One of the quarterbacks in the ACC Championship game has already broken records for touchdown passes and total yards in a season at his school. The other one is Clemson's Heisman Trophy contender, Deshaun Watson.
Virginia Tech's Jerod Evans is just fine with being the "other" quarterback this week.
Evans said he is not going to get caught up in all the hoopla heading into Saturday night's game in Orlando, Florida. While Watson is making a late-season surge that has enhanced his Heisman hopes, and the Tigers' playoff chances, Evans just wants to focus on giving his team its best chance to win.
"I'm not paying attention to all the hype or all the media attention," Evans said. "... I'll get my chance, and when I do, I've just got to make the most if it. It is what it is. I'm not focused on that. Once I get my chance, I think people will see, but right now I'm thinking about me and my team and what we can do to win this game."
Watson, a Heisman finalist last year when he led the Tigers to the national championship game, is expected to be a finalist again this year. He has thrown for 34 touchdowns with 14 interceptions and run for four more.
Evans stacks up pretty well statistically with Watson. The Hokies quarterback has thrown for 26 touchdowns with just five interceptions and run for eight more.
That may surprise some, but not Watson or Tigers linebacker Ben Boulware.
"He's a very great competitor, outstanding athlete, great leader, and great quarterback," Watson said, noting he's watched the Hokies on television, including their game against Pittsburgh when Evans tweaked his ankle, sat out a few plays and then returned. "He can make all the throws. He can make any run. He's a hard worker, and regardless if he's banged up or not, he's going to go out there and be able to play for his team and do great things."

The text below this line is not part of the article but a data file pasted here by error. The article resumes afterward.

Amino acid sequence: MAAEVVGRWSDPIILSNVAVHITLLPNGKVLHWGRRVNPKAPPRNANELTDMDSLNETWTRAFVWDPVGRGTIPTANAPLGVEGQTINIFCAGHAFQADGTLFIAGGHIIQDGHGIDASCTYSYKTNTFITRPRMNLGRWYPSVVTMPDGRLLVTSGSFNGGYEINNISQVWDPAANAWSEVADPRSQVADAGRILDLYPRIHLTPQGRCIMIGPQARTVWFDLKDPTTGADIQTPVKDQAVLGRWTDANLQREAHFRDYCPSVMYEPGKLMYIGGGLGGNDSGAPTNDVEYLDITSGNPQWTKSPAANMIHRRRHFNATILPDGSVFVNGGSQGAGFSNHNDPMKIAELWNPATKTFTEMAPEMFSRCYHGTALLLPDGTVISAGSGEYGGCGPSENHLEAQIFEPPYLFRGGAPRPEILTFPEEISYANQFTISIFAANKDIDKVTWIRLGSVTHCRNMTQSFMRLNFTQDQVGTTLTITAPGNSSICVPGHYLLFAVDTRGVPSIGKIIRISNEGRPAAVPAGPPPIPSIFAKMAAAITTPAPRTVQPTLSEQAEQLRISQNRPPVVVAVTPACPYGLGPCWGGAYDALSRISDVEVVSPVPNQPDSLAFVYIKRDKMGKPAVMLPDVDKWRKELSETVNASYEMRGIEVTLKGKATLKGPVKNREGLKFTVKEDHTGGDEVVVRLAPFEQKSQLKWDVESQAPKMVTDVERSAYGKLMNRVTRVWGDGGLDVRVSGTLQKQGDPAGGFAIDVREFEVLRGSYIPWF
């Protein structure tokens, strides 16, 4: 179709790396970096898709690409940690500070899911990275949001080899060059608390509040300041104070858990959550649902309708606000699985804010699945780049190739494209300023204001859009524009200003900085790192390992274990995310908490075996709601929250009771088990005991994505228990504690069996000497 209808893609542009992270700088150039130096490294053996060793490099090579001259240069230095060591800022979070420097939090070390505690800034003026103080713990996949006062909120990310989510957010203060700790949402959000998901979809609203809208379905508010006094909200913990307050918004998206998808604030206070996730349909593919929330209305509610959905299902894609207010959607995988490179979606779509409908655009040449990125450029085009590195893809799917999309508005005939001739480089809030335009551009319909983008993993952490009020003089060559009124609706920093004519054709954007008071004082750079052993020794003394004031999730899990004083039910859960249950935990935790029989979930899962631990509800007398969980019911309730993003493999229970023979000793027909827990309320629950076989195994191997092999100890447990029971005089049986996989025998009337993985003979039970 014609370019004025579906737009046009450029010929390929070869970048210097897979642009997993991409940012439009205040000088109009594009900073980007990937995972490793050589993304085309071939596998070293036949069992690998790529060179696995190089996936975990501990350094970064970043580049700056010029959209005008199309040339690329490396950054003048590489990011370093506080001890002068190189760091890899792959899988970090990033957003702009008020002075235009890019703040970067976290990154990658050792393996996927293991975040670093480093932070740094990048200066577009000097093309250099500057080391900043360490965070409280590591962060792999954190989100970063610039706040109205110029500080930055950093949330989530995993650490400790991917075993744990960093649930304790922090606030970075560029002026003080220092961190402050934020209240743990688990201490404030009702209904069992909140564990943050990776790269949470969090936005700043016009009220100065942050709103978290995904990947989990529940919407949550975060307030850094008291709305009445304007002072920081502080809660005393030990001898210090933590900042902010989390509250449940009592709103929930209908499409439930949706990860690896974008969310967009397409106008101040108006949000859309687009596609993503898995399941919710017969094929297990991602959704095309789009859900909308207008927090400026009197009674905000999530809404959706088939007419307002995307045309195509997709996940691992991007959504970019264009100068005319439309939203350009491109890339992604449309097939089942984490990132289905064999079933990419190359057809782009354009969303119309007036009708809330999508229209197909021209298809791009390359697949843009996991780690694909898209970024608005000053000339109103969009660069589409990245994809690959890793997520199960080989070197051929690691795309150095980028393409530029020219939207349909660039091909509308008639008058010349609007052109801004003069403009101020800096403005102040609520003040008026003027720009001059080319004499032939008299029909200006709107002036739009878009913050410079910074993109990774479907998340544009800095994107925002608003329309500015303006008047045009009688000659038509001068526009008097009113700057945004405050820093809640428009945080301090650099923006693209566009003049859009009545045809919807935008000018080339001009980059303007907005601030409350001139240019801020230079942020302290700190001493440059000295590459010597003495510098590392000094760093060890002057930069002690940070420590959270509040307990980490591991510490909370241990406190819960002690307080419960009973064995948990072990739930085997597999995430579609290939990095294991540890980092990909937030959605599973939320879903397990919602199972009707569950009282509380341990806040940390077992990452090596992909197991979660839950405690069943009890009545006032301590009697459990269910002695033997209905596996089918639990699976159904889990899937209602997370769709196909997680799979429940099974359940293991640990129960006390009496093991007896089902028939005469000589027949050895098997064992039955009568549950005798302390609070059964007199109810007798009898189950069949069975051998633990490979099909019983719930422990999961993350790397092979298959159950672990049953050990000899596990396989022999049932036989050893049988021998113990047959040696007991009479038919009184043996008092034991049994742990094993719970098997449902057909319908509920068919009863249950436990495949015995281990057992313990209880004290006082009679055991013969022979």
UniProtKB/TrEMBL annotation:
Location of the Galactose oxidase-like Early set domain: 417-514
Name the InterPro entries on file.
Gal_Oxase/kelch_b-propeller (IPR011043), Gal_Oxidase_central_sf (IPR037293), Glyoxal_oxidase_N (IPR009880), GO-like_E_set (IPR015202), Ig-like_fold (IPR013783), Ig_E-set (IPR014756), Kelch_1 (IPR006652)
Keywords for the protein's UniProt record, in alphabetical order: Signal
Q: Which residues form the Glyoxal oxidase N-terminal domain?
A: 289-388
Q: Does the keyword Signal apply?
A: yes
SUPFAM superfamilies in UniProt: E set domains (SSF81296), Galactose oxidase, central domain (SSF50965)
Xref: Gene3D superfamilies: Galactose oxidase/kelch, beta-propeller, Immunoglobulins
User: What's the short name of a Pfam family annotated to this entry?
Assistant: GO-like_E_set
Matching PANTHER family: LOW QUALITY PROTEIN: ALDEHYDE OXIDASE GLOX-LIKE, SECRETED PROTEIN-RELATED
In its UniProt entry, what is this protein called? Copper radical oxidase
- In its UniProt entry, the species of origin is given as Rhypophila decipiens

Boulware suspects that going against Watson in practice is good preparation for facing Evans, although Evans is bigger and a more significant part of the Hokies' running game than Watson is for the Tigers. Evans leads Virginia Tech with 713 rushing yards and a long of 55 yards.
"I think he's very similar to Deshaun in their approach to the game. I think he might be a little bit heavier than Deshaun," Boulware said. "He's definitely a bigger body, packing a little more pounds than Deshaun, but I think they're very similar in their game, how they're able to throw the ball and also incorporate it into the run game."
Evans arrived at Virginia Tech during the transition from Frank Beamer to Justin Fuente last December, and had been recruited by Fuente at Memphis. He also was familiar with the up-tempo offense favored by the Hokies new coach, and came with gaudy statistics from his year at Trinity Valley Community College in Texas: In eight games, Evans threw for 38 touchdowns, was intercepted just three times, and he also ran for more than 400 yards and four TDs.
Defensive end Ken Ekanem acknowledges that he, and surely many others, were curious to see how Evans would adapt to a significant step up in competition. Ekanem said that any concerns he had were eliminated in the spring.
"We saw a lot of promise in him in his time here before he won the job," Ekanem said. "You know, he's made a really good transition from JUCO to FBS football. Couldn't be more proud of him and the season he's having."
Boulware, like Watson, expects the Tigers will have their hands full on Saturday night.
"Just a guy that wants to win, that will do anything possible for his team, his program and university and that will put his body and sacrifice his body on the line for the betterment of his team," the linebacker said, "so you definitely respect that for him as a player and as a leader. He'll do anything possible to get a win."